Up and Down The River

Sun. Nov 22, 2020 at 7:30pm - Fri. Jan 1, 2021 at 7:30pm EST
All Ages
All Ages
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All Ages
Event Description
Up and Down The River



Co-written by Melissa Tantaquidgeon Zobel and Madeline Sayet, Up and Down the River is a series of five short plays that speak to the up and down struggles of Mohegan leaders from 17th-20th centuries, along the river we call home. Each story offers a glimpse into a way of seeing the world, a time in history, and the sacrifices all Mohegans had to make to preserve the future of the Mohegan Nation. Up and Down the River is available to stream in a limited engagement.  

Co-written by Melissa Tantaquidgeon Zobel and Madeline Sayet

Directed by Madeline Sayet

Sound Design by Rory Stitt

Conceptualized and produced by Madeline Sayet

Stage Managed by Amanda Luke 

Up and Down The River is a streamed radio drama event that premieres the week of Nov. 22 and will be made available on-demand to ticket holders for free until the end of the year.

Running Time: A 5-part series that runs a total of 60-minutes.


Melissa Tantaquidgeon Zobel (co-writer) grew up in Mohegan, Connecticut, where she was trained in tribal oral tradition, traditional lifeways, and spiritual beliefs by her great-aunt and great uncle, Medicine Woman Gladys Tantaquidgeon and Chief Harold Tantaquidgeon. From a young age, she gave tours at the family’s Tantaquidgeon Museum (now owned and operated by the Mohegan Tribe). Melissa earned a B.S.F.S. in history/diplomacy from Georgetown University, an M.A. in history from the University of Connecticut and an M.F.A. from Fairfield University in creative writing. As a young adult, she worked as Mohegan Federal Recognition Coordinator, researching and organizing her tribe’s successful bid for federal acknowledgment. She was appointed Tribal Historian in 1991 and Medicine Woman in 2008. This year, she was a finalist in Eugene O’Neill Theatre's National Playwright’s Conference for her play “Flying Bird’s Diary.” That play was also a selection for the Oklahoma Indigenous Theatre’s 2020 New Native Play Festival, a finalist for Storyline’s Vitruvian Award, and a winner in the New York Screenplay Contest’s stage play category.  She has also written for film, receiving an Emmy for her work on the movie, “The Mark of Uncas,” as well as numerous screenwriting awards. Tantaquidgeon Zobel’s books include the biography Medicine Trail: The Life and Lessons of Gladys Tantaquidgeon (University of Arizona Press, 2000) and the mystery Wabanaki Blues (Poisoned Pen Press, 2015). Her goal is to share the enduring traditions, humor, challenges, joys, and spirit of historic and contemporary Native New England.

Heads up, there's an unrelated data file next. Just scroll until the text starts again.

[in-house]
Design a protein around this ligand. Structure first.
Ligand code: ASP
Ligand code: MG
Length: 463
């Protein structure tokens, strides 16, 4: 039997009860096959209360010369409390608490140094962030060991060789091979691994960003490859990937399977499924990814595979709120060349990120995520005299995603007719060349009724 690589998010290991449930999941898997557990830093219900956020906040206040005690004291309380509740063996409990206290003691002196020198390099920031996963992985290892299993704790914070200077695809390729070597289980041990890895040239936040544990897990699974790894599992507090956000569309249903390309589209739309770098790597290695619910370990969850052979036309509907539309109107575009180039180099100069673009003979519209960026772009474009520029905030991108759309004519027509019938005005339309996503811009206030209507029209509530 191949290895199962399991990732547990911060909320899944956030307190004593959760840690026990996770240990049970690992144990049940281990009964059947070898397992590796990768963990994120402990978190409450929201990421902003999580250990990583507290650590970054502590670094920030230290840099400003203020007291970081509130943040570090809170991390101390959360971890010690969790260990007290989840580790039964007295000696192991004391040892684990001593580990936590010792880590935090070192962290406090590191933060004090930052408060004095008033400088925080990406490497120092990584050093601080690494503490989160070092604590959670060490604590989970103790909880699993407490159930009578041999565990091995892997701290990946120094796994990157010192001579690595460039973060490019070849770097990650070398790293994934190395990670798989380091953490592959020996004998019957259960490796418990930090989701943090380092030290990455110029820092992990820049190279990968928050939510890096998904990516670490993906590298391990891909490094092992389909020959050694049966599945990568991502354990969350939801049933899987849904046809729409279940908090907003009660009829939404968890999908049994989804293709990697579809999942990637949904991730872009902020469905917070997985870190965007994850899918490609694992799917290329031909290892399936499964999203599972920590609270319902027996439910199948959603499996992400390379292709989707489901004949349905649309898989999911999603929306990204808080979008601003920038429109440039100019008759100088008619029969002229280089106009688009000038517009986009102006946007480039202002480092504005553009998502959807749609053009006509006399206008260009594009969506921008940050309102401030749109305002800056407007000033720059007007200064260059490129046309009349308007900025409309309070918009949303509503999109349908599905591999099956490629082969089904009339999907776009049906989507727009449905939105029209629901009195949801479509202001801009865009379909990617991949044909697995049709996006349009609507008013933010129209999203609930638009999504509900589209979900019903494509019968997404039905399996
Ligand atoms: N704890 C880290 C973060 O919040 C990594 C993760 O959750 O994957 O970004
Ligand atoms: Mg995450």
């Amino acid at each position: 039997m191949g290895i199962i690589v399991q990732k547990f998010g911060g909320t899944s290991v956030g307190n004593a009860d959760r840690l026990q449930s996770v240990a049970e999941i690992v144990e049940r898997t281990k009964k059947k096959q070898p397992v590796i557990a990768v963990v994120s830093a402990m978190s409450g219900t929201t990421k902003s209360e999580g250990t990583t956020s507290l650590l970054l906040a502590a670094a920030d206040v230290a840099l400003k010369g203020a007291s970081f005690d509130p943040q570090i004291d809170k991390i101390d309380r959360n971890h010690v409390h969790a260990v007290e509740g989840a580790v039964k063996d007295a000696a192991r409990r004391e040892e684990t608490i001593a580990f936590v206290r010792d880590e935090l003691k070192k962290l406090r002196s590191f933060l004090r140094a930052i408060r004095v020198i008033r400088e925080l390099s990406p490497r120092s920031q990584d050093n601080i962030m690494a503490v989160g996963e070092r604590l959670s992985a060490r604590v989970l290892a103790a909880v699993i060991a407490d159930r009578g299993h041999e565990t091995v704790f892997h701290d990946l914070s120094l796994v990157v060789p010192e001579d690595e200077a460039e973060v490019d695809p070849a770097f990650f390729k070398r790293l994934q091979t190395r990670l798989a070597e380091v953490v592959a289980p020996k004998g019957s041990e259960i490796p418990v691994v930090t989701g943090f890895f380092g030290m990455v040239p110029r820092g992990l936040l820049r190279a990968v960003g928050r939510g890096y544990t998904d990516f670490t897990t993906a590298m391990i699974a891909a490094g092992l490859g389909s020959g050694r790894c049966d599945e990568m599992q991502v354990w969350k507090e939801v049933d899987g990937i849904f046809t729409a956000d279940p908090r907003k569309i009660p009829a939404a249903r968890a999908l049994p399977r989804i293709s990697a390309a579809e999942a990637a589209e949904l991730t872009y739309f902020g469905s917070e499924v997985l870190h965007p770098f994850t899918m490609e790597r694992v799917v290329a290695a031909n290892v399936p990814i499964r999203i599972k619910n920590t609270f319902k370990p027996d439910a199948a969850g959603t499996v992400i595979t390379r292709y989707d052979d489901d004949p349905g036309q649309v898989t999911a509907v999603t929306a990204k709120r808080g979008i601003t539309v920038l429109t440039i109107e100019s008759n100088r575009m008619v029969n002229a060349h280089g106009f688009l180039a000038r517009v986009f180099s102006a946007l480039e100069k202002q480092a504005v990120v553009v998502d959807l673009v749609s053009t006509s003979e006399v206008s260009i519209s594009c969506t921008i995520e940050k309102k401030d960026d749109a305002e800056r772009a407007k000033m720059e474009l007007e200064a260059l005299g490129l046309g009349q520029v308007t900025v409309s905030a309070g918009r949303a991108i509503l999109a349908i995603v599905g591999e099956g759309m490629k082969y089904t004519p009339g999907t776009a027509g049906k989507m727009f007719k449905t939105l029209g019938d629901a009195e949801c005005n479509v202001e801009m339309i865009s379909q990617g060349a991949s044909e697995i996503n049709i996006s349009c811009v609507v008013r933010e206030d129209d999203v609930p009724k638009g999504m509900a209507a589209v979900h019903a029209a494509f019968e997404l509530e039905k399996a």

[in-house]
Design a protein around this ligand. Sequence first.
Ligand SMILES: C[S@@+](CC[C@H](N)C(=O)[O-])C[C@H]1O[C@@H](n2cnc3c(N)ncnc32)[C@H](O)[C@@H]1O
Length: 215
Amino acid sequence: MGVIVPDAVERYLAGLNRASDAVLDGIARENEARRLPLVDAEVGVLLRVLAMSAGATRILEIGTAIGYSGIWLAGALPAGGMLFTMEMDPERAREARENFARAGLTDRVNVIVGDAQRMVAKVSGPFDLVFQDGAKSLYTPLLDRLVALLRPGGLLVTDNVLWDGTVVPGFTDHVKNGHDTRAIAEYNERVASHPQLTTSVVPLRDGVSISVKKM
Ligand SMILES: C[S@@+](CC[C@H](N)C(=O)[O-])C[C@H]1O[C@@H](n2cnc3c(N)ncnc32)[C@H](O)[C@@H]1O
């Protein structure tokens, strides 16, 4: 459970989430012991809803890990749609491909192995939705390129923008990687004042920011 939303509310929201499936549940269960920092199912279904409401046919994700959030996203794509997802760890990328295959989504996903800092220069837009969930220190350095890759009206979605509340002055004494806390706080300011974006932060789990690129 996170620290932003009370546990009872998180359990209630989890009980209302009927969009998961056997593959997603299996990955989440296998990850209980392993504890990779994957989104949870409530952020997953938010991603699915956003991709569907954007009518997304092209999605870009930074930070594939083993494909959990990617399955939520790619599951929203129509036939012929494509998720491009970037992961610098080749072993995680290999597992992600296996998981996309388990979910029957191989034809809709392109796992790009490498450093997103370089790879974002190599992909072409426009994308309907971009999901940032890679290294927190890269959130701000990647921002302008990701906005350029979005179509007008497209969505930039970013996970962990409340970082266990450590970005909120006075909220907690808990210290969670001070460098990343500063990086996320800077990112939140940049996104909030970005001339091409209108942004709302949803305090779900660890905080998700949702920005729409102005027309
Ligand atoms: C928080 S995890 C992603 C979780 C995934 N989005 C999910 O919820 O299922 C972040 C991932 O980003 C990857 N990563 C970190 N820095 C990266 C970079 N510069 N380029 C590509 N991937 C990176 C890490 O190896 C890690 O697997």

Madeline Sayet (co-writer, director, producer) is a citizen of the Mohegan Tribe and the Executive Director of the Yale Indigenous Performing Arts Program (YIPAP). For her work as a director, writer, and performer she has been honored as a Forbes 30 Under 30 in Hollywood & Entertainment, TED Fellow, MIT Media Lab Director’s Fellow, National Directing Fellow, Drama League Director-In-Residence, NCAIED Native American 40 Under 40, and a recipient of The White House Champion of Change Award from President Obama. She is known throughout the field for her work promoting indigenous voices and decolonizing systems. She recently premiered here solo performance piece Where We Belong at Shakespeare's Globe and Richmix in London, and it will be a part of Woolly Mammoth Theatre Company's coming season. Recent directing work includes: Staged at Home: a Virtual Benefit Concert (Long Wharf Theatre), Midsummer Night's Dream (South Dakota Shakespeare), Henry IV (Connecticut Repertory Theatre), Whale Song (Perseverance Theatre), She Kills Monsters (Connecticut Repertory Theatre), As You Like It (Delaware Shakespeare), The Winter’s Tale (Amerinda/HERE Arts), Poppea (Krannert Center, Illinois), The Magic Flute (Glimmerglass), Macbeth (NYC Parks), Miss Lead (59e59).  www.madelinesayet.com 


Up and Down the River is supported in part by the New England Foundation for the Arts through the New England Arts Resilience Fund, part of the United States Regional Arts Resilience Fund, an initiative of the U.S. Regional Arts Organizations and The Andrew W. Mellon Foundation, with major funding from the federal CARES Act from the National Endowment for the Arts


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Audio Performance for the Classroom 360 Farmington Avenue
Hartford, CT 06105
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